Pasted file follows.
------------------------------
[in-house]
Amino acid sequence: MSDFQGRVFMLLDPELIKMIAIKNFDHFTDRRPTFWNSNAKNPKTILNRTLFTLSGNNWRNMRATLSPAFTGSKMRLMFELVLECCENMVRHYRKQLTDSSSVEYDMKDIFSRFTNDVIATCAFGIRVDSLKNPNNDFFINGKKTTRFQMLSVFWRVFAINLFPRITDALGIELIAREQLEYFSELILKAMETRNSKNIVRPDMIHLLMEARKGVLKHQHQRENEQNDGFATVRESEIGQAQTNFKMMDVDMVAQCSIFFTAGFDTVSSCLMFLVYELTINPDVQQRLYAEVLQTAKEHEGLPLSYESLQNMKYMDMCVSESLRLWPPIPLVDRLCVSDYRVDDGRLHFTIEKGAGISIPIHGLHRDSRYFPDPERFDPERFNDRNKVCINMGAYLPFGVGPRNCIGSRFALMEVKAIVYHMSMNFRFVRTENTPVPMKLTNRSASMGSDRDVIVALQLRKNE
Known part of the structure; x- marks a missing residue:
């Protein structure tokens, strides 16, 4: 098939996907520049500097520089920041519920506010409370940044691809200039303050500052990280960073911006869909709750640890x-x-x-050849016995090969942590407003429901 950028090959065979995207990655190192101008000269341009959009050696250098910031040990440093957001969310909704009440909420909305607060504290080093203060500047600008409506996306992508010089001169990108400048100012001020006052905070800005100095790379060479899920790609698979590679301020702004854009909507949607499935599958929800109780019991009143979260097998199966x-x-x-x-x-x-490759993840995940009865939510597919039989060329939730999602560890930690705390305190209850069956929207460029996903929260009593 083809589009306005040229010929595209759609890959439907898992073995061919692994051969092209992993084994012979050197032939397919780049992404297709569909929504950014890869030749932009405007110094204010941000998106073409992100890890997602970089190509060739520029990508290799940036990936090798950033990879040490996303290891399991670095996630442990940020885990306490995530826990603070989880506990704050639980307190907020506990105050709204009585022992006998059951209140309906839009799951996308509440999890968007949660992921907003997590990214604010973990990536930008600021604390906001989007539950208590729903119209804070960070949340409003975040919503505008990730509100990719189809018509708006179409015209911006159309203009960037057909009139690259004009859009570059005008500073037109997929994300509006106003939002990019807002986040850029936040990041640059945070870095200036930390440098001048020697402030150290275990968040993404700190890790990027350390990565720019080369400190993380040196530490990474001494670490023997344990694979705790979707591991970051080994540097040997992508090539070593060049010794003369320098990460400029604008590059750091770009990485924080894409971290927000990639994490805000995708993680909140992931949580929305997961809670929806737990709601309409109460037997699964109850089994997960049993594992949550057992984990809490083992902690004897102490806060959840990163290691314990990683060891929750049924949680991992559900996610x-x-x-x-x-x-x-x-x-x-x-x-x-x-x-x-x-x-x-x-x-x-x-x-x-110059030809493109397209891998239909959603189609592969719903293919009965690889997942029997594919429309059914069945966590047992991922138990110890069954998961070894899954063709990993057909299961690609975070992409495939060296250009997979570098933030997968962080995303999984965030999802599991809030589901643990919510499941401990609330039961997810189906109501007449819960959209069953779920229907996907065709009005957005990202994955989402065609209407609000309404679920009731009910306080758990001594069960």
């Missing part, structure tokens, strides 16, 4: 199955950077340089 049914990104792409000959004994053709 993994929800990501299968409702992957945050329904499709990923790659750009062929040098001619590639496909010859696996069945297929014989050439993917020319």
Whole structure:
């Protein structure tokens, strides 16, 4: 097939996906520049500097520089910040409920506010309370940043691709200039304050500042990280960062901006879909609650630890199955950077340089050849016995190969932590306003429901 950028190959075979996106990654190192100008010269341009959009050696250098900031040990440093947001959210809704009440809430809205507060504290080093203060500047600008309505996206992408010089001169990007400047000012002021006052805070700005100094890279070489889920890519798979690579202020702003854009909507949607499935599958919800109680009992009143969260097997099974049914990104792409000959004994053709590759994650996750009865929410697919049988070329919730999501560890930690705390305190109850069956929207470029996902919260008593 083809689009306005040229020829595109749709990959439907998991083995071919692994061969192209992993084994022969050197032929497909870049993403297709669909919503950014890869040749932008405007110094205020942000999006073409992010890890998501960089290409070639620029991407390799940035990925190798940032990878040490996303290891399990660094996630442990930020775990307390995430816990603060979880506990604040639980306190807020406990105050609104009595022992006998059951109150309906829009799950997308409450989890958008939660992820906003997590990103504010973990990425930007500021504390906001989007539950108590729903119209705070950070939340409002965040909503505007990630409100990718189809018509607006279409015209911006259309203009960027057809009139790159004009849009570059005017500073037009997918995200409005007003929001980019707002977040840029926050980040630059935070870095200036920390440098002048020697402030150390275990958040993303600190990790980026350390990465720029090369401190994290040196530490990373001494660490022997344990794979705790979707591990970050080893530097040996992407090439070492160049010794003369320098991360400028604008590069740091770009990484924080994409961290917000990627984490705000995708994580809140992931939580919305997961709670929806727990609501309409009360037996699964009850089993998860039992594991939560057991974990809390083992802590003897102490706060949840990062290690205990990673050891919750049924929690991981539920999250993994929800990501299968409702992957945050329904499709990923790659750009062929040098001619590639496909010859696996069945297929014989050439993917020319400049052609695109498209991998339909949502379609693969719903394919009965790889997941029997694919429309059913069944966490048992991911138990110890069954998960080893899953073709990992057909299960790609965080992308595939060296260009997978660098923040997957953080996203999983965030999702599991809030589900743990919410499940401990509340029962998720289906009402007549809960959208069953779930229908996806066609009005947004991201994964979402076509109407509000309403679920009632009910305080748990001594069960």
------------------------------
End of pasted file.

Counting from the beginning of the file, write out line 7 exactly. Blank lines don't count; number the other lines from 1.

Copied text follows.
């Protein structure tokens, strides 16, 4: 097939996906520049500097520089910040409920506010309370940043691709200039304050500042990280960062901006879909609650630890199955950077340089050849016995190969932590306003429901 950028190959075979996106990654190192100008010269341009959009050696250098900031040990440093947001959210809704009440809430809205507060504290080093203060500047600008309505996206992408010089001169990007400047000012002021006052805070700005100094890279070489889920890519798979690579202020702003854009909507949607499935599958919800109680009992009143969260097997099974049914990104792409000959004994053709590759994650996750009865929410697919049988070329919730999501560890930690705390305190109850069956929207470029996902919260008593 083809689009306005040229020829595109749709990959439907998991083995071919692994061969192209992993084994022969050197032929497909870049993403297709669909919503950014890869040749932008405007110094205020942000999006073409992010890890998501960089290409070639620029991407390799940035990925190798940032990878040490996303290891399990660094996630442990930020775990307390995430816990603060979880506990604040639980306190807020406990105050609104009595022992006998059951109150309906829009799950997308409450989890958008939660992820906003997590990103504010973990990425930007500021504390906001989007539950108590729903119209705070950070939340409002965040909503505007990630409100990718189809018509607006279409015209911006259309203009960027057809009139790159004009849009570059005017500073037009997918995200409005007003929001980019707002977040840029926050980040630059935070870095200036920390440098002048020697402030150390275990958040993303600190990790980026350390990465720029090369401190994290040196530490990373001494660490022997344990794979705790979707591990970050080893530097040996992407090439070492160049010794003369320098991360400028604008590069740091770009990484924080994409961290917000990627984490705000995708994580809140992931939580919305997961709670929806727990609501309409009360037996699964009850089993998860039992594991939560057991974990809390083992802590003897102490706060949840990062290690205990990673050891919750049924929690991981539920999250993994929800990501299968409702992957945050329904499709990923790659750009062929040098001619590639496909010859696996069945297929014989050439993917020319400049052609695109498209991998339909949502379609693969719903394919009965790889997941029997694919429309059913069944966490048992991911138990110890069954998960080893899953073709990992057909299960790609965080992308595939060296260009997978660098923040997957953080996203999983965030999702599991809030589900743990919410499940401990509340029962998720289906009402007549809960959208069953779930229908996806066609009005947004991201994964979402076509109407509000309403679920009632009910305080748990001594069960």